Spurs 83, Jazz 65
San Antonio’s streak over Utah reached 16 games with a 83-65 victory Monday night in one of the more dominant performances by the Spurs over the four-year stretch.
“It doesn’t always work this way, but we have some principles that we try to stick to, and when we do that and we do it well, we’re a very good team,” Tim Duncan said.
Duncan finished with 31 points, 11 rebounds and five blocked shots to lead the Spurs as they beat the Jazz for the second time in three nights. It was the Jazz’s lowest point total at home, breaking the previous low of 68 scored against Dallas in April 1997. The team’s all-time low is 56 in a 1999 loss at Seattle.
San Antonio’s streak hardly appeared in jeopardy as Duncan was nearly unstoppable everywhere but the free throw line. He also had three steals in the Spurs’ first of seven straight games on the road.
“Teams reflect what the star is. If he’s working really hard and being aggressive, we all feel like that,” said Manu Ginobili, who came off the bench to add 12 points and four steals for the Spurs.
Tony Parker had 13 points and six assists for San Antonio, which forced 17 turnovers and allowed just one Utah player to score in double figures.
Utah’s last win in the series was 93-90 on Feb. 6, 2000. The Jazz came closer to ending the streak Saturday in an 85-81 loss at San Antonio than they did Monday.
“I thought we would come with a little bit more energy to compete against them but you have to give them credit because they take a lot of that away from you,” Jazz coach Jerry Sloan said. “I thought we got satisfied by playing down there, thinking ‘Well, if we come back here we won’t have to play as hard.”’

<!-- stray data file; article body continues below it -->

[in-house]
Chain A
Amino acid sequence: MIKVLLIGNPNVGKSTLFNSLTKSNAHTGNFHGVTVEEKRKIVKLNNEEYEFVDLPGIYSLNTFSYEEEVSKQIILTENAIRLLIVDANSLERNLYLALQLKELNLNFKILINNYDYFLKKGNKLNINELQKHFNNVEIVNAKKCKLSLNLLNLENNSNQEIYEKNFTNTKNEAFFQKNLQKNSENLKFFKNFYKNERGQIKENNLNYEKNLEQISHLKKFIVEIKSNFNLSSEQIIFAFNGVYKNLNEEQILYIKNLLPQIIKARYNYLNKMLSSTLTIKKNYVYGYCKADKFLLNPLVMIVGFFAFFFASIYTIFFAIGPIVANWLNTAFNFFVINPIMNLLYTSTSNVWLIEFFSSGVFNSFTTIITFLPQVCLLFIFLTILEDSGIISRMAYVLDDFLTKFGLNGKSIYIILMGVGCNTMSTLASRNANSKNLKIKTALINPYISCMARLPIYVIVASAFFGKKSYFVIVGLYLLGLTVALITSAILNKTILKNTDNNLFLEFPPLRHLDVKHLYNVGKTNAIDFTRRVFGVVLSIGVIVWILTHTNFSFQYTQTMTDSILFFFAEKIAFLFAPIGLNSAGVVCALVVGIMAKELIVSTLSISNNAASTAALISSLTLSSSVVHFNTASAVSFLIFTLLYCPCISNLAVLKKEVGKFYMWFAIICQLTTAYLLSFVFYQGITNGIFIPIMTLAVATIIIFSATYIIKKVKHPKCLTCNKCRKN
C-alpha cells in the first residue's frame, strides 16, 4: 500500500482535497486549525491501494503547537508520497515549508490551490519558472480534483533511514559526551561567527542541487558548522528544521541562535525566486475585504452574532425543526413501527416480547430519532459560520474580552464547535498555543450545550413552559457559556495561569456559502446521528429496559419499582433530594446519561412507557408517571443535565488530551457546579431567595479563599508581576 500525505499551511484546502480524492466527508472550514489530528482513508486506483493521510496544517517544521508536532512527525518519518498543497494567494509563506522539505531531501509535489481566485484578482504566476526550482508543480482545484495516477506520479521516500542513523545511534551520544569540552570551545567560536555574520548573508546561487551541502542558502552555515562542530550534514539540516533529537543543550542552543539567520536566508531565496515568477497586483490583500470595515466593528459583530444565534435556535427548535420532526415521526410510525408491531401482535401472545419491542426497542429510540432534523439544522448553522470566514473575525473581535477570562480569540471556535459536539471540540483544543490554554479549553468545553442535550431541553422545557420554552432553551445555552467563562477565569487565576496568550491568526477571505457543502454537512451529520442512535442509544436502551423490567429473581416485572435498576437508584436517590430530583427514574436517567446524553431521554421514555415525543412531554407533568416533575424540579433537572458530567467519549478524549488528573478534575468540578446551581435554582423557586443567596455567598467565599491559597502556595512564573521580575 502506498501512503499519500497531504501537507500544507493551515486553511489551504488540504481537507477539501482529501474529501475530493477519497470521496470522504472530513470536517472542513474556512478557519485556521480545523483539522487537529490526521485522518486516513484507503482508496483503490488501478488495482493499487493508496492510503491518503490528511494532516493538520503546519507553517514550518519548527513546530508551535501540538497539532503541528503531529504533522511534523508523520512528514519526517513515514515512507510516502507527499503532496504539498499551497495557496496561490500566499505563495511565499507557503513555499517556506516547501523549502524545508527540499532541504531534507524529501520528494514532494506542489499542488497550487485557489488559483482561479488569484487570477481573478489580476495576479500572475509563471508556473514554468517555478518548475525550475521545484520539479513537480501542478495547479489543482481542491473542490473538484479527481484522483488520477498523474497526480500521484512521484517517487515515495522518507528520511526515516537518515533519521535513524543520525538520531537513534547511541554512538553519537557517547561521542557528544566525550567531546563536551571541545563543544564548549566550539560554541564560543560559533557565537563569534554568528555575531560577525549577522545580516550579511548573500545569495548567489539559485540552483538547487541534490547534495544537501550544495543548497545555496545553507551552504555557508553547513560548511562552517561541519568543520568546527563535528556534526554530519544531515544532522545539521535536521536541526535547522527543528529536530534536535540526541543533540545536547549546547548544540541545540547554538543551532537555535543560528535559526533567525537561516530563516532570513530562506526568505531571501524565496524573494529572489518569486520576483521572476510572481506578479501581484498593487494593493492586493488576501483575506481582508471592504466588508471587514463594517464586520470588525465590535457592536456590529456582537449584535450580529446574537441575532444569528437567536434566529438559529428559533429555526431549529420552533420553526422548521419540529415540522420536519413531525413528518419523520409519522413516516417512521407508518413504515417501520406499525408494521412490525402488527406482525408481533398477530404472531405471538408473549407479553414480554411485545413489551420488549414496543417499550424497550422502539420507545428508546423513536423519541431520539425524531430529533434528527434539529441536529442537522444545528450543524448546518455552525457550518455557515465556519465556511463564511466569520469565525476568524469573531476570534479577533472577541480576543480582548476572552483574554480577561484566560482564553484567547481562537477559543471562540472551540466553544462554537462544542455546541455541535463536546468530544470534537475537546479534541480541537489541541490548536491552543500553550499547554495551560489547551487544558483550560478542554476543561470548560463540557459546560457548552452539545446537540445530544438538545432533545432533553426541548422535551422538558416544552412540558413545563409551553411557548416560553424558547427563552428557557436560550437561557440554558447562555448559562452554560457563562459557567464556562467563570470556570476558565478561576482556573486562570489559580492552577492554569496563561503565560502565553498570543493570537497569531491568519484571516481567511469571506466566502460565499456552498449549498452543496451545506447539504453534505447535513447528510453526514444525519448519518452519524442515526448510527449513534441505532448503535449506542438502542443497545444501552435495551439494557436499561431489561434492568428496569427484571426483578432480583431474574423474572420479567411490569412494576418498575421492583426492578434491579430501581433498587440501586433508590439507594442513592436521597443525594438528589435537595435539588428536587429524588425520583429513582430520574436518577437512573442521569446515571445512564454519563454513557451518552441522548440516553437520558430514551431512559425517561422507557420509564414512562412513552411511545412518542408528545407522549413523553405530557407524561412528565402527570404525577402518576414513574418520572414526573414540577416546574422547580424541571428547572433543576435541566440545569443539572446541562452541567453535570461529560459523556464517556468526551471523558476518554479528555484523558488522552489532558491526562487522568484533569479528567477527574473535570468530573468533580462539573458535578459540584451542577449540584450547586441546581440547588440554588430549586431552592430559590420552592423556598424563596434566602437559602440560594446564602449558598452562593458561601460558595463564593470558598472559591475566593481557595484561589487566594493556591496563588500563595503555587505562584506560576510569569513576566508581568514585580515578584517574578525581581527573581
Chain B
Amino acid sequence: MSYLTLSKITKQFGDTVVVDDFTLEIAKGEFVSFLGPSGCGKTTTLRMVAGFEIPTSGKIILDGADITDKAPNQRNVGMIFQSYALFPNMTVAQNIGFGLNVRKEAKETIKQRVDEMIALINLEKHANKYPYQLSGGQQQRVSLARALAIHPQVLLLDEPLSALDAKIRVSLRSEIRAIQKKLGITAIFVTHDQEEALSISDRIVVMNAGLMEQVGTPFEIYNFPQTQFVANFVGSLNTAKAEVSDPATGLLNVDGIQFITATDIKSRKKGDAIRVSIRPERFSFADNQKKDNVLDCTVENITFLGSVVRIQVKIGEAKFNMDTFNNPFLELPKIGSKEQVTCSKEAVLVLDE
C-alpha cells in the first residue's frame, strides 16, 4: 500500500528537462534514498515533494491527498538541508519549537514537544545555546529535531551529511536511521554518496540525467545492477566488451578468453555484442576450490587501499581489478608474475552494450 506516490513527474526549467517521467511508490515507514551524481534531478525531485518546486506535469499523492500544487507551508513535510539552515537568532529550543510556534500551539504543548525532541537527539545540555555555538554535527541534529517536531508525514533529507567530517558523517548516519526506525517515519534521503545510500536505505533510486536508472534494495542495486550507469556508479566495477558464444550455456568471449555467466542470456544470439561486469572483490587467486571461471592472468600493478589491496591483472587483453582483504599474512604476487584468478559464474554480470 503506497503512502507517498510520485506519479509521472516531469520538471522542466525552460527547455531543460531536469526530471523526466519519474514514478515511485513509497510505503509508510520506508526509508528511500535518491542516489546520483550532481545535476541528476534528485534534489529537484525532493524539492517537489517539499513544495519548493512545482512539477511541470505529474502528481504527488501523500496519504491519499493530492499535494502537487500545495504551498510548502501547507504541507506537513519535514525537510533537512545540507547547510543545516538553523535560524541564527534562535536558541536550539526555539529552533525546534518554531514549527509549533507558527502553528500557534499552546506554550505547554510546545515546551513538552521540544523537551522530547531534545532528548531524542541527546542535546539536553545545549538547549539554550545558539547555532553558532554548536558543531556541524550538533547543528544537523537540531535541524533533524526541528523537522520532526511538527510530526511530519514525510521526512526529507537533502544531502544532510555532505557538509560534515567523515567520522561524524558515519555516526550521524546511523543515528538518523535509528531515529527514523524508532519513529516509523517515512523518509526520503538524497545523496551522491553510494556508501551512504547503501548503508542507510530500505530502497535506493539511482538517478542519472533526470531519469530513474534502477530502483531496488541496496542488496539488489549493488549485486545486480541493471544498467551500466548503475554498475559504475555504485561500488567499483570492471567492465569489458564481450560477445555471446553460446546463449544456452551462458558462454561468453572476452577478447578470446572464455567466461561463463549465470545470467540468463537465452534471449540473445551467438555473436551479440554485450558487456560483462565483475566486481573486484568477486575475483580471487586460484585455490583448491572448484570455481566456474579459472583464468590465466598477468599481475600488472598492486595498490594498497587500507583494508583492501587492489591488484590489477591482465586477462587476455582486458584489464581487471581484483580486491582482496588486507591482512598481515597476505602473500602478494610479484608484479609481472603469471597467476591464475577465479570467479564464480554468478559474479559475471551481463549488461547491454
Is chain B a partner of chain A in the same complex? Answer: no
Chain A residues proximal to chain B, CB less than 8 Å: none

The Spurs denied Sloan his 900th career coaching win for the second straight game. Sloan was less concerned with the milestone than he was with his team’s performance.
“If we don’t play hard, it doesn’t make any difference who we play against. It looks like we don’t know what we’re doing,” Sloan said.
The Jazz struggled offensively inside and couldn’t stop Duncan on the other end. Duncan, who had 33 points and 14 rebounds Saturday, scored at least 30 for the 13th time this season.
“Guys hit shots, moved the ball around and when that happens with good defense, it becomes easy,” Duncan said.
The only area Duncan had problems from was the free-throw line, where he was just 5-for-12—missing five of six during one stretch.
Utah failed to take advantage.
“I want to beat them as (bad) as anybody in this town, as anybody in this organization—just to snap this losing streak,” Kirilenko said. “Maybe next game. We’ve got one more chance.”
Duncan played just three minutes of the fourth quarter before going to the bench with the Spurs pulling away, then came back in after Mo Williams cut the lead to 71-59 with a pair of free throws for Utah.
Duncan didn’t score again, but the Spurs still went on a 9-2 run.
Utah never recovered after going more than five minutes at the end of the third quarter without a field goal.
After Jarron Collins cut San Antonio’s lead to 53-46 on a layup with 5:31 left in the third quarter, the Jazz didn’t make another field goal in the period. Free throws by Kirilenko and Arroyo were all of Utah’s offense as theSpurs closed the third on an 11-2 run.
The Spurs play eight of their 10 games this month away from home. … F Mikki Moore, signed by the Jazz last week, made his home debut for Utah when he started the second quarter. … Utah’s DeShawn Stevenson ended up past all four rows of scorers’ and press tables and in the crowd while going for a loose ball in the third quarter. … Bruce Bowen was called for a technical for shovingStevenson after the whistle with 6:14 left in the first quarter.